The Analgesia Nociception Index: Tailoring Opioid Administration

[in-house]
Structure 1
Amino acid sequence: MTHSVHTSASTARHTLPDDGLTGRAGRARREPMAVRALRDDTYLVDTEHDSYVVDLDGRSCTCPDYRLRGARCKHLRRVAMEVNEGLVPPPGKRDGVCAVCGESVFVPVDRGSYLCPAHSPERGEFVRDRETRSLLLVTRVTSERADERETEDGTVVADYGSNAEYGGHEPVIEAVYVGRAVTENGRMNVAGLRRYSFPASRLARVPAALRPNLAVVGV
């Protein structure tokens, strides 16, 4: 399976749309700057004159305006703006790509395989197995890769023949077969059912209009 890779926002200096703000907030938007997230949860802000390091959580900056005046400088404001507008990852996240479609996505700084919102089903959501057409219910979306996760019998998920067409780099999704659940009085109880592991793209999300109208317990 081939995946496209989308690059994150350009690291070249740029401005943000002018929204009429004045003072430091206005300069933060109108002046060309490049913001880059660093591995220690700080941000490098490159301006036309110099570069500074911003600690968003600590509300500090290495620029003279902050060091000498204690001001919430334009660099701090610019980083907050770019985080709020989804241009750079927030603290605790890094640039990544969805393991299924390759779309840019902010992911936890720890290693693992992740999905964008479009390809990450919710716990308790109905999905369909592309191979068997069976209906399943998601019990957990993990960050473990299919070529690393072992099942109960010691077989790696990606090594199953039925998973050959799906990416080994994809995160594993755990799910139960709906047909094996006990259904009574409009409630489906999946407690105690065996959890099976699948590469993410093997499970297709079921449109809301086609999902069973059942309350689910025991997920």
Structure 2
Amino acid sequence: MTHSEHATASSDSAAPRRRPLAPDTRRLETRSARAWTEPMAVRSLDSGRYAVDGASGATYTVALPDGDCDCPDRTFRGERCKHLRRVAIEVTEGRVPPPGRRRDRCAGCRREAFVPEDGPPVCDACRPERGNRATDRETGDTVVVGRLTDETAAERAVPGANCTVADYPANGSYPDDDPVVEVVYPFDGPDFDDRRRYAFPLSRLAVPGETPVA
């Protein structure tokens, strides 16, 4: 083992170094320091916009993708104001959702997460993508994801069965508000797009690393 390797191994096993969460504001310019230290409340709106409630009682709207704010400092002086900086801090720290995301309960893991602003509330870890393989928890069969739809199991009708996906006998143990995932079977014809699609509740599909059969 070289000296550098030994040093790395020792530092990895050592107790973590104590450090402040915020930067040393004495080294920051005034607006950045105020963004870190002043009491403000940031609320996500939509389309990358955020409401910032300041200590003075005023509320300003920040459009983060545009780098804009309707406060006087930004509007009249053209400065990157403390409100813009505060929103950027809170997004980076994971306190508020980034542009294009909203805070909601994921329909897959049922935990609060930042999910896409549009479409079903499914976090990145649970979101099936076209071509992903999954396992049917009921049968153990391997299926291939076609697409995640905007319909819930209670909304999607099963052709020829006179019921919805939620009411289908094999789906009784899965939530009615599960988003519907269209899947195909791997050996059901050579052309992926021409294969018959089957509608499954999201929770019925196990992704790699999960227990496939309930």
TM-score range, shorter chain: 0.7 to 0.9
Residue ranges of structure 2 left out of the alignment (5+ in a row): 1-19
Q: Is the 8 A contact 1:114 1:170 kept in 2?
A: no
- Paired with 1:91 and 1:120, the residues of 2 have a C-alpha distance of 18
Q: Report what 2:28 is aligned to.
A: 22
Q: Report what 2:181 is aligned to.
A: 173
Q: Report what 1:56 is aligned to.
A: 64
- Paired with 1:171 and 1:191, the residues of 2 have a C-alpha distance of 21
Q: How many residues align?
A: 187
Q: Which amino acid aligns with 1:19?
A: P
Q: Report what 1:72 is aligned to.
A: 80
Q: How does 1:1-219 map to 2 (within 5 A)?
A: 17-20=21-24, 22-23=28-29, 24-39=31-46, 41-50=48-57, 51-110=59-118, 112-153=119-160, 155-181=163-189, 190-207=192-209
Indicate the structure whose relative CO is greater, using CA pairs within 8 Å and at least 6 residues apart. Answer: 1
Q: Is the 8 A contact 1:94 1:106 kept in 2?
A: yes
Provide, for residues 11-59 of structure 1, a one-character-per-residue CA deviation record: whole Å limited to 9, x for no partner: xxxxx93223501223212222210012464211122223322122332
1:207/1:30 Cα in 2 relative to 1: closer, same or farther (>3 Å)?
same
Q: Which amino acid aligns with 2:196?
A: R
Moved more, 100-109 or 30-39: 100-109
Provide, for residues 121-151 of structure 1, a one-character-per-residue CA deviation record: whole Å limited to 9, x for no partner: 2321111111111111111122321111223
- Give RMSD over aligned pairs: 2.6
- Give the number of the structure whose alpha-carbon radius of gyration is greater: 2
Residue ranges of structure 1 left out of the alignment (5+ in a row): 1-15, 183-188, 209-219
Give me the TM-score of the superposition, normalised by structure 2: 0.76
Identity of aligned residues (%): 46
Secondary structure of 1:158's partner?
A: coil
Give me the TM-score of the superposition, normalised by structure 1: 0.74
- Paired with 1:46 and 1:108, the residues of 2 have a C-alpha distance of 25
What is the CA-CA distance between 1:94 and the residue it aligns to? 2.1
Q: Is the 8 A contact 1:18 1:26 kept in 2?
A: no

Opioids remain a cornerstone for perioperative analgesia, albeit frequently associated with side effects, most of them are dose dependent. Intraoperative opioid administration aims to blunt sympathetic-mediated response to nociception and is usually based on surrogate parameters such as tachycardia, hypertension, sweating, or movement. These symptoms have low sensitivity and specificity in detecting nociceptive stimuli, which can result in underdosage or overdosage of opioids administered during anesthesia. Misadministration of opioids contributes to increasing the incidence of side effects such as nausea, vomiting, respiratory depression, and opioid-induced hyperalgesia, the latter being of paramount importance, as it contributes to increasing postoperative pain and may initiate mechanisms responsible for chronic pain.1 These complications of nociception and its treatment lead to the need for additional information about nociception during surgery, which could help caregivers personalize the way they deliver opioid analgesia and hence increase the quality of care.